Decker v. Northwest Environmental Defense Center
568 U.S. ___ (2013)

Annotate this Case

SUPREME COURT OF THE UNITED STATES

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Nos. 11–338 and 11–347

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DOUG DECKER, in his official capacity as OREGON STATE FORESTER, et al., PETITIONERS

11–338      v.

NORTHWEST ENVIRONMENTAL DEFENSE CENTER

GEORGIA-PACIFIC WEST, INC., et al., PETITIONERS

11–347      v.

NORTHWEST ENVIRONMENTAL DEFENSE CENTER

on writs of certiorari to the united states court of appeals for the ninth circuit

[March 20, 2013]

     Chief Justice Roberts, with whom Justice Alito joins, concurring.

     The opinion concurring in part and dissenting in part raises serious questions about the principle set forth in Bowles v. Seminole Rock & Sand Co., 325 U. S. 410 (1945) , and Auer v. Robbins, 519 U. S. 452 (1997) . It may be ap-propriate to reconsider that principle in an appropriate case. But this is not that case.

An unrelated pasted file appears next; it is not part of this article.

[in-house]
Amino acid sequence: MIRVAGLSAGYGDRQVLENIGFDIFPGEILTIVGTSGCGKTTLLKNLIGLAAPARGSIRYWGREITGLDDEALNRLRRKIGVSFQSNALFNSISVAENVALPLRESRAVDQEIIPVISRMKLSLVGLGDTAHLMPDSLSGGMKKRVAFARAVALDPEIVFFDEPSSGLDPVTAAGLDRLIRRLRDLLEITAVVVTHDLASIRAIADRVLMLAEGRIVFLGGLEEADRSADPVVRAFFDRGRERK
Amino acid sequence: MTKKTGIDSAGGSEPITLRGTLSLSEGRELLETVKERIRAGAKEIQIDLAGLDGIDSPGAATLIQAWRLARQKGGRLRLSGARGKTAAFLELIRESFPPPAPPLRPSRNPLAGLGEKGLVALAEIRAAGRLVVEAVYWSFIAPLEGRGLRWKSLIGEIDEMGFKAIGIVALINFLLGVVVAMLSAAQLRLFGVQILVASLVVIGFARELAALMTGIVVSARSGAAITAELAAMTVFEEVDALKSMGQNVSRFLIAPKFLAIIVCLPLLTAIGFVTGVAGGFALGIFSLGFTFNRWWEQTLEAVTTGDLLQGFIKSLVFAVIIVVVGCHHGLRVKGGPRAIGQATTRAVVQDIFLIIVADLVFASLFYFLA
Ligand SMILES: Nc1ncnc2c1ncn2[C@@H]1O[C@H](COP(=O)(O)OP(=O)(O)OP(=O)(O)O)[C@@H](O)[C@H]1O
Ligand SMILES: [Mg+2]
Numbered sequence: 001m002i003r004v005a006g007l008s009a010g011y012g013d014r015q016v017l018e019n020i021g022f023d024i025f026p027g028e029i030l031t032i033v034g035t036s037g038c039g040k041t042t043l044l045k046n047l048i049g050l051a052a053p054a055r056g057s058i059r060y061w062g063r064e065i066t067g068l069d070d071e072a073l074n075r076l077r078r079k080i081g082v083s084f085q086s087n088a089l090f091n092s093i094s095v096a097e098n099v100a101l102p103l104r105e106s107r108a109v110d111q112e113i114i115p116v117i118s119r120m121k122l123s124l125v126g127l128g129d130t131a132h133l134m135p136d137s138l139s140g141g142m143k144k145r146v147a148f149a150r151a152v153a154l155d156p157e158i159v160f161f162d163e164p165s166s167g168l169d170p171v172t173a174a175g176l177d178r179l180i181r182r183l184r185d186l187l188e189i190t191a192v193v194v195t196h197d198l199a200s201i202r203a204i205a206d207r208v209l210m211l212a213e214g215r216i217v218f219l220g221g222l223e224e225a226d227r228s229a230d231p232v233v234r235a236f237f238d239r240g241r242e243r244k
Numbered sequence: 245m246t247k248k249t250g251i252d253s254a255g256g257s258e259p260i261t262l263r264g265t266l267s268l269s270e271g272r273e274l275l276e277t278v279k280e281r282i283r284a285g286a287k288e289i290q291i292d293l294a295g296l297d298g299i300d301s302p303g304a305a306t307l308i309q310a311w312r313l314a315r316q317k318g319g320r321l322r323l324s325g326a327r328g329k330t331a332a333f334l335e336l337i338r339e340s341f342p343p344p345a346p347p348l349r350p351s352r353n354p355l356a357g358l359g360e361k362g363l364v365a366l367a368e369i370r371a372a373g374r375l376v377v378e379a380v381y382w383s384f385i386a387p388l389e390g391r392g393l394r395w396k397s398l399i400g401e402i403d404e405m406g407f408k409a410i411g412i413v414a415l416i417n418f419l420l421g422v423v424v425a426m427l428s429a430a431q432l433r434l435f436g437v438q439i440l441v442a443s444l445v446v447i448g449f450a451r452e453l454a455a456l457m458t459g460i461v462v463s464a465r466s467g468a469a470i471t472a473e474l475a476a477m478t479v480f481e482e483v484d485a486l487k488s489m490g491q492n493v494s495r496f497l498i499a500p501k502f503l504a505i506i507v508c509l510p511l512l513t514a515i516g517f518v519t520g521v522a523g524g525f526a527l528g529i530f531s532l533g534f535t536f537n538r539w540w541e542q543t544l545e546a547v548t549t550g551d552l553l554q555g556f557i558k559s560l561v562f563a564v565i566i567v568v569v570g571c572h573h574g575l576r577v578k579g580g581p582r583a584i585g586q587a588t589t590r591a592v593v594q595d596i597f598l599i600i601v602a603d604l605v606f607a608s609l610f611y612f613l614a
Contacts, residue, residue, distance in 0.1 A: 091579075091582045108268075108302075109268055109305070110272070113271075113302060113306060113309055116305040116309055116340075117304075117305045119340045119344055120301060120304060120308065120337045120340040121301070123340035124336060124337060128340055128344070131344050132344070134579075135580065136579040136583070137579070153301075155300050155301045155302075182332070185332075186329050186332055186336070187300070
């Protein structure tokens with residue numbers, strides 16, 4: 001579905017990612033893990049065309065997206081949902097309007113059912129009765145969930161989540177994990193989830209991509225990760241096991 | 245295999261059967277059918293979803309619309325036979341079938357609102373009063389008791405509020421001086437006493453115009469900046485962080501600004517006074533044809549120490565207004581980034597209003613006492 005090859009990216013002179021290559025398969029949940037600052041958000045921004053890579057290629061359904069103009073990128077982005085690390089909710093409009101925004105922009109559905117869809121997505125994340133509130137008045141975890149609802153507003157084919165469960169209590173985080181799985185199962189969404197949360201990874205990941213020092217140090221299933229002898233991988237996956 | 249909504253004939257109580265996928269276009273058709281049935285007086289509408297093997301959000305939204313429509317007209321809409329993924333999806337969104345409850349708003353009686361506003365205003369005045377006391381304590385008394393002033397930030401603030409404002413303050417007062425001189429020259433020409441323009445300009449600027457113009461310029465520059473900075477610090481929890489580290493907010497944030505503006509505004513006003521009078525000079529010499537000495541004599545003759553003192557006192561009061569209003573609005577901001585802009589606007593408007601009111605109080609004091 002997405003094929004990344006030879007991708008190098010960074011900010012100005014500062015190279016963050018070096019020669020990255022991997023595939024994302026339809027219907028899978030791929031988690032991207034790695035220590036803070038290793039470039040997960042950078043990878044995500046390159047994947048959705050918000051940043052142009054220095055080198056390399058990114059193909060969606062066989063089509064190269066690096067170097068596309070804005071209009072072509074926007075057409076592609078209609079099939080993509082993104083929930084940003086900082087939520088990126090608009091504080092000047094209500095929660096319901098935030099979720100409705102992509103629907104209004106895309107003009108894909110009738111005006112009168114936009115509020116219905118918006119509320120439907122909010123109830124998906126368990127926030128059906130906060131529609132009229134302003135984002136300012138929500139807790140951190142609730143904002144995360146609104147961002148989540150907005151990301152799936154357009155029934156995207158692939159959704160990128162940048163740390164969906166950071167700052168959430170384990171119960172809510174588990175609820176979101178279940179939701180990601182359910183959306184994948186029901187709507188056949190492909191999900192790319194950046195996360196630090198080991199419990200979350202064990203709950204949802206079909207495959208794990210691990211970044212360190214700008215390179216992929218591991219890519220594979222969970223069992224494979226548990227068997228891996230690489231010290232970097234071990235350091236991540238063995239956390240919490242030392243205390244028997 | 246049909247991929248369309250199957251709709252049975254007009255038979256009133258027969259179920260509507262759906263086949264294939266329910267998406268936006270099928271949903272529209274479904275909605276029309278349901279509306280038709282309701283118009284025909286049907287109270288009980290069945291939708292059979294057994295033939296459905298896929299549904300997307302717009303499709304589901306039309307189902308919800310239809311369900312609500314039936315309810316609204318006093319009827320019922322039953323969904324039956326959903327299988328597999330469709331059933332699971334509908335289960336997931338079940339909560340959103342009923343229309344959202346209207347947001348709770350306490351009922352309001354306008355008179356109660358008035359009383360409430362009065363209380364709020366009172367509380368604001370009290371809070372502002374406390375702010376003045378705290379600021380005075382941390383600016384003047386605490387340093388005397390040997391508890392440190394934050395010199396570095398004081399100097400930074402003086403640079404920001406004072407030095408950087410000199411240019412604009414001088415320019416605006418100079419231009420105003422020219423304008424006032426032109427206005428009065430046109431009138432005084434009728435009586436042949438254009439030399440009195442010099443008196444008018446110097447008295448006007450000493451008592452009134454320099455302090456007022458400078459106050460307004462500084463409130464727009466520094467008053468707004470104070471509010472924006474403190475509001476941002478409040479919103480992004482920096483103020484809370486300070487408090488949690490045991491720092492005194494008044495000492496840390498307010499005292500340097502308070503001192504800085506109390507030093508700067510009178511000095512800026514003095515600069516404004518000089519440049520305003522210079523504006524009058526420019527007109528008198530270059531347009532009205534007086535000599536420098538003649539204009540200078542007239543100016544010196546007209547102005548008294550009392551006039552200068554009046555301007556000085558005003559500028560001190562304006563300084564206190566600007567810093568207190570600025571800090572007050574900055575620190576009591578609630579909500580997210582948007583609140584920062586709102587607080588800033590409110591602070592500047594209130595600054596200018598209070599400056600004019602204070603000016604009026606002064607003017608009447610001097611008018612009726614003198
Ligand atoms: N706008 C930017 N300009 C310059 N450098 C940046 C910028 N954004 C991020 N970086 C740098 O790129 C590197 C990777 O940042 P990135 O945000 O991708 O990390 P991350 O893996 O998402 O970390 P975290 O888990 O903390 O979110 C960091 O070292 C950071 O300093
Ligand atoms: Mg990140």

Respondent suggested reconsidering Auer, in one sentence in a footnote, with no argument. See Brief for Respondent 42, n. 12. Petitioners said don’t do it, again in a footnote. See Reply Brief for Petitioners in No. 11–338, p. 4, n. 1; see also Turner Broadcasting System, Inc. v. FCC, 520 U. S. 180 –224 (1997) (declining to decide question that received only “scant argumentation”). Out of 22 amicus briefs, only two—filed by dueling groups of law professors—addressed the issue on the merits. See Brief for Law Professors as Amici Curiae on the Propriety of Administrative Deference in Support of Respondent; Brief for Law Professors as Amici Curiae in Support of Petitioners; see also FTC v. Phoebe Putney Health System, Inc., 568 U. S. ___, ___, n. 4 (2013) (slip op., at 7, n. 4) (declining to consider argument raised only by amicus).

     The issue is a basic one going to the heart of administrative law. Questions of Seminole Rock and Auer deference arise as a matter of course on a regular basis. The bar is now aware that there is some interest in reconsidering those cases, and has available to it a concise statement of the arguments on one side of the issue.

     I would await a case in which the issue is properly raised and argued. The present cases should be decided as they have been briefed and argued, under existing precedent.

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